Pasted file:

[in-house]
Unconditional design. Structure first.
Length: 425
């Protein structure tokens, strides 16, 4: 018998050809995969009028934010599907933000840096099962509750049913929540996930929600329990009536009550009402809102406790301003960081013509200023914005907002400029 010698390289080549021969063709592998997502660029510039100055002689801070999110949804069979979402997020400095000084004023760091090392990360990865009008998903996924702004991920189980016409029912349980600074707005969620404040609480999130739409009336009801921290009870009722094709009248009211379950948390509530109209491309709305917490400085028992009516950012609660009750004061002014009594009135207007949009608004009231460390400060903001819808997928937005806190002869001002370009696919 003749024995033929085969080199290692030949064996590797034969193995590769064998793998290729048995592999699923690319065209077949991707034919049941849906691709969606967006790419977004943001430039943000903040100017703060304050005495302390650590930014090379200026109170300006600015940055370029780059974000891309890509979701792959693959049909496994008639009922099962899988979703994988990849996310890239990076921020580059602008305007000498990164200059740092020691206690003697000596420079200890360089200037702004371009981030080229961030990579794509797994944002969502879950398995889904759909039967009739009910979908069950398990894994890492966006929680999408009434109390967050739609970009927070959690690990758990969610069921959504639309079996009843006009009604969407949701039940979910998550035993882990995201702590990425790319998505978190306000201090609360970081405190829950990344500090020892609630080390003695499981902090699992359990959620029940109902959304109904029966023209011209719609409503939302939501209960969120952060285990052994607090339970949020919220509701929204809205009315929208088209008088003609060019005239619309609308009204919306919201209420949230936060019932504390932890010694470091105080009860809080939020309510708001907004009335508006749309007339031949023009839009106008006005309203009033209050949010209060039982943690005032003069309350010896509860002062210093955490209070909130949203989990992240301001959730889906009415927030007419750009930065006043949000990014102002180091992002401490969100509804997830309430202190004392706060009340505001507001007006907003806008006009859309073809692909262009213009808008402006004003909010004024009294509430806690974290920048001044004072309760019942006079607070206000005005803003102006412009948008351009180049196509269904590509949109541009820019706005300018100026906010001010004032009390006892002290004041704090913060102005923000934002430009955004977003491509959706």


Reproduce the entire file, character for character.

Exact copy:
[in-house]
Unconditional design. Structure first.
Length: 425
């Protein structure tokens, strides 16, 4: 018998050809995969009028934010599907933000840096099962509750049913929540996930929600329990009536009550009402809102406790301003960081013509200023914005907002400029 010698390289080549021969063709592998997502660029510039100055002689801070999110949804069979979402997020400095000084004023760091090392990360990865009008998903996924702004991920189980016409029912349980600074707005969620404040609480999130739409009336009801921290009870009722094709009248009211379950948390509530109209491309709305917490400085028992009516950012609660009750004061002014009594009135207007949009608004009231460390400060903001819808997928937005806190002869001002370009696919 003749024995033929085969080199290692030949064996590797034969193995590769064998793998290729048995592999699923690319065209077949991707034919049941849906691709969606967006790419977004943001430039943000903040100017703060304050005495302390650590930014090379200026109170300006600015940055370029780059974000891309890509979701792959693959049909496994008639009922099962899988979703994988990849996310890239990076921020580059602008305007000498990164200059740092020691206690003697000596420079200890360089200037702004371009981030080229961030990579794509797994944002969502879950398995889904759909039967009739009910979908069950398990894994890492966006929680999408009434109390967050739609970009927070959690690990758990969610069921959504639309079996009843006009009604969407949701039940979910998550035993882990995201702590990425790319998505978190306000201090609360970081405190829950990344500090020892609630080390003695499981902090699992359990959620029940109902959304109904029966023209011209719609409503939302939501209960969120952060285990052994607090339970949020919220509701929204809205009315929208088209008088003609060019005239619309609308009204919306919201209420949230936060019932504390932890010694470091105080009860809080939020309510708001907004009335508006749309007339031949023009839009106008006005309203009033209050949010209060039982943690005032003069309350010896509860002062210093955490209070909130949203989990992240301001959730889906009415927030007419750009930065006043949000990014102002180091992002401490969100509804997830309430202190004392706060009340505001507001007006907003806008006009859309073809692909262009213009808008402006004003909010004024009294509430806690974290920048001044004072309760019942006079607070206000005005803003102006412009948008351009180049196509269904590509949109541009820019706005300018100026906010001010004032009390006892002290004041704090913060102005923000934002430009955004977003491509959706």